Features of the Study
From January 2000 to June 2003, 2,123 potential participants in the Charleston County Department of Juvenile Justice were screened for alcohol or drug abuse and other inclusion criteria. Of the 165 youth deemed eligible for the study, 161 agreed to participate and were randomly assigned to one of three treatment groups or a control group. The authors used an iterative approach to first identify statistically significant outcomes by different combinations of treatment level (DC, DC-MST, and DC-MST-CM) and time period (pre-treatment, 4 months following enrollment, and 12 months following enrollment) before assessing whether each component of the full treatment had an effect on key outcomes.
- Recidivism. The study found no differences between any of the groups on measures of recidivism one year following enrollment.
- Self-reported delinquent behavior. Youth in all three drug court groups (DC, DC-MST, and DC-MST-CM) reported committing fewer status offenses relative to youth in the family court group. Youth in the DC and DC-MST-CM groups also reported committing fewer crimes against people than youth in the family court group.
- Drug screens. Youth in the DC-MST-CM group failed fewer drug screens than youth in the DC group in the first 4 months after enrollment and from the 4th to 12th months after enrollment. Youth in the DC-MST groups failed fewer drug screens than youth in the DC group from the 4th to 12th months after enrollment.
Considerations for Interpreting the Findings
Youth in the DC-MST and DC-MST-CM groups were expected to have greater contact with the service providers than youth in the DC and family court groups. The authors reported that youth in the DC-MST and DC-MST-CM groups received an average of 66 and 57 hours, respectively, of direct or indirect treatment over the four-month period. However, due to poor record-keeping systems for youth in the DC and family court groups, the authors were unable to determine how much contact they had with service providers.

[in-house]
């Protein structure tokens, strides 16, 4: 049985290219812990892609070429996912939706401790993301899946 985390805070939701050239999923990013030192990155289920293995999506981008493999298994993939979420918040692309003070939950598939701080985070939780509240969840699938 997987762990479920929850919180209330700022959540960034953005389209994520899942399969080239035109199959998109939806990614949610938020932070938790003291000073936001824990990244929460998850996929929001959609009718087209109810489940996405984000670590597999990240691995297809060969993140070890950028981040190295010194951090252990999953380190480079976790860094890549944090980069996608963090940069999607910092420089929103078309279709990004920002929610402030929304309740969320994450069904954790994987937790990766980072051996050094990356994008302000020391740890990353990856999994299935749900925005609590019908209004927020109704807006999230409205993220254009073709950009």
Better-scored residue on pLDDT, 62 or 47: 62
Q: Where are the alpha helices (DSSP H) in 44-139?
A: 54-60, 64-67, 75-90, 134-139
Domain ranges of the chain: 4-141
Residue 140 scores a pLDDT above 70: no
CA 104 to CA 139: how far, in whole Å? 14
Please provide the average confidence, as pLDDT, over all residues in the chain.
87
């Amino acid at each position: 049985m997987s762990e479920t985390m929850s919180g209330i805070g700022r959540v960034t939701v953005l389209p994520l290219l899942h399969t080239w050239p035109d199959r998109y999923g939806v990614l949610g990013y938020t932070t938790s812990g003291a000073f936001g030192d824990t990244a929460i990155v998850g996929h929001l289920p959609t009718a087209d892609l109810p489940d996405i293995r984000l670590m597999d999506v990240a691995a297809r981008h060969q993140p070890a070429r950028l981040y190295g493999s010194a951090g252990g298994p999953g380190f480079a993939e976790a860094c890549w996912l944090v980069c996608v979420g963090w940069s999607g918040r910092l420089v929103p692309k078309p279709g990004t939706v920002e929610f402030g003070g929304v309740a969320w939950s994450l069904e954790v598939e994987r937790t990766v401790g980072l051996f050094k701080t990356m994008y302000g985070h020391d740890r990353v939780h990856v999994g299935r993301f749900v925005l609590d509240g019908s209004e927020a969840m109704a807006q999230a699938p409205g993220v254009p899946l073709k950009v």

The quality of causal evidence for the recidivism outcomes is high because it was based on a well-implemented randomized controlled trial. However, the self-reported delinquency and drug screen outcomes had high sample attrition, making them ineligible to receive a high causal evidence rating. Because the authors demonstrated that the groups being analyzed had similar characteristics before beginning the treatments, these outcomes receive a moderate causal evidence rating.
Causal Evidence Rating
The quality of causal evidence presented in this report is high for recidivism outcomes because they were based on a well-implemented randomized controlled trial. This means we are confident that any estimated effects on recidivism would be attributable to the treatment being examined, and not to other factors. However, the study found no statistically significant effects of the treatments on recidivism. The quality of causal evidence presented in this report is moderate for self-reported delinquency and drug screen outcomes because they had high attrition and the authors demonstrated that the groups being compared had similar characteristics before beginning the treatments. This means we are somewhat confident that the estimated effects are attributable to the treatments being tested, but other factors might also have contributed.